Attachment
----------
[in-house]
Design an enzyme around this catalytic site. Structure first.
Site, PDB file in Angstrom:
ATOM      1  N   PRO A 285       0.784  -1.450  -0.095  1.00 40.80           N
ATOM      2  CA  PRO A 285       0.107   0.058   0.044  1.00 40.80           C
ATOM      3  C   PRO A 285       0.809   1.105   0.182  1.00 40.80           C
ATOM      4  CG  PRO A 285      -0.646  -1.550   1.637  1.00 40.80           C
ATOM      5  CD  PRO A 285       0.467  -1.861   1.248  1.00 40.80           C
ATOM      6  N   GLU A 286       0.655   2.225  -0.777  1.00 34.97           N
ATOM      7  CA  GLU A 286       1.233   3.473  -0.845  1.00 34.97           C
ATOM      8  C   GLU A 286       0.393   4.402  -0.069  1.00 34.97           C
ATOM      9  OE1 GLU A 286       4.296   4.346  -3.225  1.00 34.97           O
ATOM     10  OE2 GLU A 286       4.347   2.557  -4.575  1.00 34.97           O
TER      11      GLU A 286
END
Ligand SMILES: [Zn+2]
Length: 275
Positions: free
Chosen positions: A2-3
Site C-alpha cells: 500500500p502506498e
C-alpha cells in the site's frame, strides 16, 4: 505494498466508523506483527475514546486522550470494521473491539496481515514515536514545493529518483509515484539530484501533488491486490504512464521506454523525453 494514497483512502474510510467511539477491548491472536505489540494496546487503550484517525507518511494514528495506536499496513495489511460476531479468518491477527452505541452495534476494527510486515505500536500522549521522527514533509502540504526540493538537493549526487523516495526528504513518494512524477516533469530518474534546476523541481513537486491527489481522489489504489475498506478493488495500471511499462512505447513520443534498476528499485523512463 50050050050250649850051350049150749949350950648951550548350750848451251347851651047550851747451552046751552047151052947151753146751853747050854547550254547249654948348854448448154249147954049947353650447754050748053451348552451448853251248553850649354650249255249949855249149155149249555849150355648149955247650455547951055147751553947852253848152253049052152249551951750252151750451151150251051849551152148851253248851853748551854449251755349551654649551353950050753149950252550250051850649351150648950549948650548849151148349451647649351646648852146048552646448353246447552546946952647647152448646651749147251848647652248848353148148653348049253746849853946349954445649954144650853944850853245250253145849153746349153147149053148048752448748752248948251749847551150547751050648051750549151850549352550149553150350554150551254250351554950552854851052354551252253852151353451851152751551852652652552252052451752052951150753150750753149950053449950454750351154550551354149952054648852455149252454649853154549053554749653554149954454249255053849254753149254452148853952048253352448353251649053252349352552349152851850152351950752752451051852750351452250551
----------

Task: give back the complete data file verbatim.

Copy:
[in-house]
Design an enzyme around this catalytic site. Structure first.
Site, PDB file in Angstrom:
ATOM      1  N   PRO A 285       0.784  -1.450  -0.095  1.00 40.80           N
ATOM      2  CA  PRO A 285       0.107   0.058   0.044  1.00 40.80           C
ATOM      3  C   PRO A 285       0.809   1.105   0.182  1.00 40.80           C
ATOM      4  CG  PRO A 285      -0.646  -1.550   1.637  1.00 40.80           C
ATOM      5  CD  PRO A 285       0.467  -1.861   1.248  1.00 40.80           C
ATOM      6  N   GLU A 286       0.655   2.225  -0.777  1.00 34.97           N
ATOM      7  CA  GLU A 286       1.233   3.473  -0.845  1.00 34.97           C
ATOM      8  C   GLU A 286       0.393   4.402  -0.069  1.00 34.97           C
ATOM      9  OE1 GLU A 286       4.296   4.346  -3.225  1.00 34.97           O
ATOM     10  OE2 GLU A 286       4.347   2.557  -4.575  1.00 34.97           O
TER      11      GLU A 286
END
Ligand SMILES: [Zn+2]
Length: 275
Positions: free
Chosen positions: A2-3
Site C-alpha cells: 500500500p502506498e
C-alpha cells in the site's frame, strides 16, 4: 505494498466508523506483527475514546486522550470494521473491539496481515514515536514545493529518483509515484539530484501533488491486490504512464521506454523525453 494514497483512502474510510467511539477491548491472536505489540494496546487503550484517525507518511494514528495506536499496513495489511460476531479468518491477527452505541452495534476494527510486515505500536500522549521522527514533509502540504526540493538537493549526487523516495526528504513518494512524477516533469530518474534546476523541481513537486491527489481522489489504489475498506478493488495500471511499462512505447513520443534498476528499485523512463 50050050050250649850051350049150749949350950648951550548350750848451251347851651047550851747451552046751552047151052947151753146751853747050854547550254547249654948348854448448154249147954049947353650447754050748053451348552451448853251248553850649354650249255249949855249149155149249555849150355648149955247650455547951055147751553947852253848152253049052152249551951750252151750451151150251051849551152148851253248851853748551854449251755349551654649551353950050753149950252550250051850649351150648950549948650548849151148349451647649351646648852146048552646448353246447552546946952647647152448646651749147251848647652248848353148148653348049253746849853946349954445649954144650853944850853245250253145849153746349153147149053148048752448748752248948251749847551150547751050648051750549151850549352550149553150350554150551254250351554950552854851052354551252253852151353451851152751551852652652552252052451752052951150753150750753149950053449950454750351154550551354149952054648852455149252454649853154549053554749653554149954454249255053849254753149254452148853952048253352448353251649053252349352552349152851850152351950752752451051852750351452250551